Using an Improved PSO-SVM Model to Recognize and Classify the Image Signals
Image recognition is an important field of artificial intelligence. Its basic idea is to use computers to automatically classify different scenes in the acquired images, instead of traditional manual classification tasks. In this paper, through the analysis of rough set theory and artificial intelligence network, as well as the role of the two in image recognition, the rough set theory and artificial intelligence network are organically combined, and a network based on rough set theory and artificial intelligence network is proposed. Using BP artificial intelligence network model, improved BP artificial intelligence network model, and improved PSO-SVM model to identify and classify the extracted characteristic signals and compare the results, all reached 85% correct rate. The PCA and SVM are combined and applied to the MNIST handwritten digit collection for recognition and classification. At the data level, dimensionality reduction is performed on high-dimensional image data to compress the data. This greatly improves the performance of the algorithm, the recognition accuracy rate is as high as 98%, and the running time is shortened by about 90%. The model first preprocesses the original image data and then uses rough set theory to select features, which reduces the input dimension of the artificial intelligence network, improves the learning and recognition speed of the artificial intelligence network, and further improves the accuracy of recognition. The paper applies the model to handwritten digital image recognition, and the experimental results show that the model is effective and feasible. The system has the characteristics of easy deployment and easy maintenance and integration. Experiments show that the system has good time characteristics in the process of multialgorithm parallel image fusion processing.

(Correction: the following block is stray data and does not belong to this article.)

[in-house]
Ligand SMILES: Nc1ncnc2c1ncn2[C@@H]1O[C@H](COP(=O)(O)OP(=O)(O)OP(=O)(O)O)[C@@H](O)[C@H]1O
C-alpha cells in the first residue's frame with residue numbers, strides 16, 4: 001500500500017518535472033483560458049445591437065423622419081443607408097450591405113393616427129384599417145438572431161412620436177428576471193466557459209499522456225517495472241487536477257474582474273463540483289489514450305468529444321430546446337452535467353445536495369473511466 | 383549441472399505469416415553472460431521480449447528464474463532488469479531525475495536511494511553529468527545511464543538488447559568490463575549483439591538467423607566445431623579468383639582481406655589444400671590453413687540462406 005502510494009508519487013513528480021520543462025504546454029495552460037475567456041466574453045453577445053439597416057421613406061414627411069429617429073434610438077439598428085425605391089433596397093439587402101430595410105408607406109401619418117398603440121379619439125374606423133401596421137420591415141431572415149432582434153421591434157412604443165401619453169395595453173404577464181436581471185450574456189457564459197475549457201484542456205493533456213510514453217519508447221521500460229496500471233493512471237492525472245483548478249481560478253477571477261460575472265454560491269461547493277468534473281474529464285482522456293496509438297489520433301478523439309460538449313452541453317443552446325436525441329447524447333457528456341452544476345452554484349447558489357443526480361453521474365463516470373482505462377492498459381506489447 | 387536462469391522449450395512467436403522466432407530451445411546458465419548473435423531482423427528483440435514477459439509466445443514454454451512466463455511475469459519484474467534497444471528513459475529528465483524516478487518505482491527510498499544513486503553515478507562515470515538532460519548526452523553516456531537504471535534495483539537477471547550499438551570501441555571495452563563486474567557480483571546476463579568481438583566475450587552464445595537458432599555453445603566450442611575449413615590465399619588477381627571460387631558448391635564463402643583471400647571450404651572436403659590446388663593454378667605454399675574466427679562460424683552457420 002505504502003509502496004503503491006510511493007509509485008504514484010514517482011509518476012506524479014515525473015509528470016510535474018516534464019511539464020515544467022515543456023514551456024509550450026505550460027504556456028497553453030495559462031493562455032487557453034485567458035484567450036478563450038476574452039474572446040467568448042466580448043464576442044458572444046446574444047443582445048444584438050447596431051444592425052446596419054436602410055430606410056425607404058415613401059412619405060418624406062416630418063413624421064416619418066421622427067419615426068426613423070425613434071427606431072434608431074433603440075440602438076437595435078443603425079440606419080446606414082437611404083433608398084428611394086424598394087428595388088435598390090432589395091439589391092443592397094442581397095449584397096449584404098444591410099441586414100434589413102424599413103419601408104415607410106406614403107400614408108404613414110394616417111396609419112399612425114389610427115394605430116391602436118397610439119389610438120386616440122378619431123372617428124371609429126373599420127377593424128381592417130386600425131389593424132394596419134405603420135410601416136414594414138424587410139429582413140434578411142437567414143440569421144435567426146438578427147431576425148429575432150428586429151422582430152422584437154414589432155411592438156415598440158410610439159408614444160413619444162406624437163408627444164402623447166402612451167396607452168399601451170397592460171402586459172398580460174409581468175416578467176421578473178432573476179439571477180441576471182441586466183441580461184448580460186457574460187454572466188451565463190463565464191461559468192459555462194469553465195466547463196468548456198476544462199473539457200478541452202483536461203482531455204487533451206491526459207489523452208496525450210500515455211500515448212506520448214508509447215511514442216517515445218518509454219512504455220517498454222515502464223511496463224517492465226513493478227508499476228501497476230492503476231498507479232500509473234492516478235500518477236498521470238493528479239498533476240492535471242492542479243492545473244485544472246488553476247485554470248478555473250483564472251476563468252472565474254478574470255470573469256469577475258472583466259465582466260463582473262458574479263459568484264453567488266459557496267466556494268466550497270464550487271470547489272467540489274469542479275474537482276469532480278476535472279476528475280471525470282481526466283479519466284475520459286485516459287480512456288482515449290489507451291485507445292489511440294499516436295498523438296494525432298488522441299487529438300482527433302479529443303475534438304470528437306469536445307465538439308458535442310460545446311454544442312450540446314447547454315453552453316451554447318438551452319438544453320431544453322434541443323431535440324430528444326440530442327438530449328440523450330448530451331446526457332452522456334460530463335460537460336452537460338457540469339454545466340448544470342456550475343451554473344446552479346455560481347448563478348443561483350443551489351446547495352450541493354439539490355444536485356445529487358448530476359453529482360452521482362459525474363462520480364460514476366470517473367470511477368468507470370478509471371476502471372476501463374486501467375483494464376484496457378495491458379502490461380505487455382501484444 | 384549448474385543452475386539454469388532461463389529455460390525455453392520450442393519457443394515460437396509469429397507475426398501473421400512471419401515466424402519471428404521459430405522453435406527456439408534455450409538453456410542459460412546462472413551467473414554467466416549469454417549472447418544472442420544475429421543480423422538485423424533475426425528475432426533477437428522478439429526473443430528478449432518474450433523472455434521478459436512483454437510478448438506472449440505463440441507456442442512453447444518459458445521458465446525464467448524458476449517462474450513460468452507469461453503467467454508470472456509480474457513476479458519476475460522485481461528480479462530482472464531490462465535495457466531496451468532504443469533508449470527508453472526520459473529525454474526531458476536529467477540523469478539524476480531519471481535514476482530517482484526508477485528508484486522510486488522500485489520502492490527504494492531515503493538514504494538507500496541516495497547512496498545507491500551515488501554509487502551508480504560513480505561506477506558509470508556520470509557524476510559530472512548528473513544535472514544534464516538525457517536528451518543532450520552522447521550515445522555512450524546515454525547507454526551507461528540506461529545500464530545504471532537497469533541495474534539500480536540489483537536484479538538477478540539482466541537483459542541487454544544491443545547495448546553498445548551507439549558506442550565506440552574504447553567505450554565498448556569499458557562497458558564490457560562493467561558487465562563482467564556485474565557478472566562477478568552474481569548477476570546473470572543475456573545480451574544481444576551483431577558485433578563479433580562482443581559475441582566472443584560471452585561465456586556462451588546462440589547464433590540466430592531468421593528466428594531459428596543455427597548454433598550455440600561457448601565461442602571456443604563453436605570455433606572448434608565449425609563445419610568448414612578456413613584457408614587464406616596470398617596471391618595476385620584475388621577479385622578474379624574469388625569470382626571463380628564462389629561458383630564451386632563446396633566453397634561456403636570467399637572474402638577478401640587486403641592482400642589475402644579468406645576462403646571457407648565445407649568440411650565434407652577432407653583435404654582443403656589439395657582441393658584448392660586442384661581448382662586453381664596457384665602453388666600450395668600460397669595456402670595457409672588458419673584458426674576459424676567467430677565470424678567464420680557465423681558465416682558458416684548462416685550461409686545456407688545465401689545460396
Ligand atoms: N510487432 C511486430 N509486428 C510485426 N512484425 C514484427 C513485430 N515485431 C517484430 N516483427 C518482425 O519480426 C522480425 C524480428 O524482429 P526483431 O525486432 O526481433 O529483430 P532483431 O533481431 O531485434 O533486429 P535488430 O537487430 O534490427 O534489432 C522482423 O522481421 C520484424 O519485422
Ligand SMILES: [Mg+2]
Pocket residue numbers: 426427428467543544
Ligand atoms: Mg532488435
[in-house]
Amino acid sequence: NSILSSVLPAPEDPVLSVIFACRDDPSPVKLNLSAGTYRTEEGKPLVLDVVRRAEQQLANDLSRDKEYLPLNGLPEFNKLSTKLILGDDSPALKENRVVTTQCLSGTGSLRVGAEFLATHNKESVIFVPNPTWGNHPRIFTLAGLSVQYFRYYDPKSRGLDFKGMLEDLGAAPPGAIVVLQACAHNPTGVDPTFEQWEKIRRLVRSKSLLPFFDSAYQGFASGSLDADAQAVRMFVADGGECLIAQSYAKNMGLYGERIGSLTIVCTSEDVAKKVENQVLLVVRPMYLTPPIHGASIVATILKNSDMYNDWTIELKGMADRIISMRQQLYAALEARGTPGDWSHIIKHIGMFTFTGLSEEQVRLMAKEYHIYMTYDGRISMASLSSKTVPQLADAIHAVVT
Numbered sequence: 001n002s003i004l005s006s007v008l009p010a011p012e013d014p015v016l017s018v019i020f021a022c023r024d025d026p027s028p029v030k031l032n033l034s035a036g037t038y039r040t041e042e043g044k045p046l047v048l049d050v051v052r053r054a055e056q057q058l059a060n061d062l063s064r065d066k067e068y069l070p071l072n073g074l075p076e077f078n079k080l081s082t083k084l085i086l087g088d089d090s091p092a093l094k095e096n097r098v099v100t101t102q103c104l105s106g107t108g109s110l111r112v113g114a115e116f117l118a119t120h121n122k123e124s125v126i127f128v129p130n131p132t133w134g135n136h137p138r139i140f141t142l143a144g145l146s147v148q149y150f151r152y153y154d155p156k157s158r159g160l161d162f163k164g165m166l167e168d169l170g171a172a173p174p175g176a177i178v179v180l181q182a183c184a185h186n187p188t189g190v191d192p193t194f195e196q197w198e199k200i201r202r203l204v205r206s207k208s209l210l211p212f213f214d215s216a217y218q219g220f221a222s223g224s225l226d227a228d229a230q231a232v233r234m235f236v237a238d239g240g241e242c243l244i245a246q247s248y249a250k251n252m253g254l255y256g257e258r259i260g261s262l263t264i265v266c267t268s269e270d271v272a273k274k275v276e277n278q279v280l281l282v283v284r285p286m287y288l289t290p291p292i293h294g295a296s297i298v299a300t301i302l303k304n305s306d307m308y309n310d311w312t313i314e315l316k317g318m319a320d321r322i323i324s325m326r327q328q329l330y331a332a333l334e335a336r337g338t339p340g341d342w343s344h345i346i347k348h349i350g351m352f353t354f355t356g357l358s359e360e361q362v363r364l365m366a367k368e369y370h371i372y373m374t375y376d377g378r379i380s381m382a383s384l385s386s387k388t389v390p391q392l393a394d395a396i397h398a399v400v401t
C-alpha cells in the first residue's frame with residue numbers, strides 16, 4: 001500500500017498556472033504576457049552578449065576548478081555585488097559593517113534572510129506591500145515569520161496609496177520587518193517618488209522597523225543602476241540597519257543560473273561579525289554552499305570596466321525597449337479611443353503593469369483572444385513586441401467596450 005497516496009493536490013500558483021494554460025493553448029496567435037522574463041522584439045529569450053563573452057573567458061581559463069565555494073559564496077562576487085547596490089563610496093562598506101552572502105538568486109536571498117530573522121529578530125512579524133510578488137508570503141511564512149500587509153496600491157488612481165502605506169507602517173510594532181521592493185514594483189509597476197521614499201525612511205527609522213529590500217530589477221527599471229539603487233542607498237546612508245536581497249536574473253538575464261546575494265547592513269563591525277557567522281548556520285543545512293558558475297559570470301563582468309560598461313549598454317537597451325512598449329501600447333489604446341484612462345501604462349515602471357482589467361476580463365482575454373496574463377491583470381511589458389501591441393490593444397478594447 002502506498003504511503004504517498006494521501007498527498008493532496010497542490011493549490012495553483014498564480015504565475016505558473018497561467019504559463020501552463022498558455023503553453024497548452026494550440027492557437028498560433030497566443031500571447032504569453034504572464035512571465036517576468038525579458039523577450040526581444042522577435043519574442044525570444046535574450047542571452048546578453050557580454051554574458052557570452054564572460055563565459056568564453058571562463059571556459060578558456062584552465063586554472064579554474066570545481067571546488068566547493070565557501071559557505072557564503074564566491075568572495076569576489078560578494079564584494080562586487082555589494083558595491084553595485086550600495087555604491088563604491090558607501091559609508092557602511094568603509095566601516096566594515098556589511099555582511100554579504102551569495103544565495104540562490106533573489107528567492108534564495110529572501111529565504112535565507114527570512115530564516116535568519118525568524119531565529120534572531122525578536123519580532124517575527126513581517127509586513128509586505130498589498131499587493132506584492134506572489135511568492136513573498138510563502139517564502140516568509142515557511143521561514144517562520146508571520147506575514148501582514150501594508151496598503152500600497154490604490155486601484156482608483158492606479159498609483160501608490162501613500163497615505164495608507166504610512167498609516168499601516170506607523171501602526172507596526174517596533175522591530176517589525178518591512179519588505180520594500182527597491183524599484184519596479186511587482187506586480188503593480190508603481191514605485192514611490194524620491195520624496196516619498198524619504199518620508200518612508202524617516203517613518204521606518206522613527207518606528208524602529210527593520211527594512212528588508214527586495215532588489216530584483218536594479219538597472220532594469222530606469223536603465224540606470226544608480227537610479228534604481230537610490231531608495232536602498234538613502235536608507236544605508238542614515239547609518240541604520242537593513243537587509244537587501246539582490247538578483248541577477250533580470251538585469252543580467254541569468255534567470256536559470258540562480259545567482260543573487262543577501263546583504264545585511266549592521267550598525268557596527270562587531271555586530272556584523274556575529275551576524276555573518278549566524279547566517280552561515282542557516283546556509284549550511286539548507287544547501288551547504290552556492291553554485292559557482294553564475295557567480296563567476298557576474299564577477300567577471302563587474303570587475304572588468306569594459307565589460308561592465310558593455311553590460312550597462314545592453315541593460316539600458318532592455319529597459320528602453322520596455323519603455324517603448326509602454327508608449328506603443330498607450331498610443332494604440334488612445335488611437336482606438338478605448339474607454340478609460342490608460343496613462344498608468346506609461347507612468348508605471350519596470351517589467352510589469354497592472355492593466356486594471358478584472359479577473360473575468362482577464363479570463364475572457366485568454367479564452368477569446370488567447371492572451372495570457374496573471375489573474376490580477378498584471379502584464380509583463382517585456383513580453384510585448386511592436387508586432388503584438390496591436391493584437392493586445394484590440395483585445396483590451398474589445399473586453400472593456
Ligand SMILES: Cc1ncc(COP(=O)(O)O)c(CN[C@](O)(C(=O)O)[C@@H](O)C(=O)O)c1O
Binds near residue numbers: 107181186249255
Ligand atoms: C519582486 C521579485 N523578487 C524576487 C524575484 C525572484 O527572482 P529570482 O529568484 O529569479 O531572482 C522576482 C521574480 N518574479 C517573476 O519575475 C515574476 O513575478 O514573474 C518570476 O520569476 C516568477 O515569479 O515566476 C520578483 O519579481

Zhao, Ying and Wei, Guocheng, "Using an Improved PSO-SVM Model to Recognize and Classify the Image Signals" (2021). Kean Publications. 1077.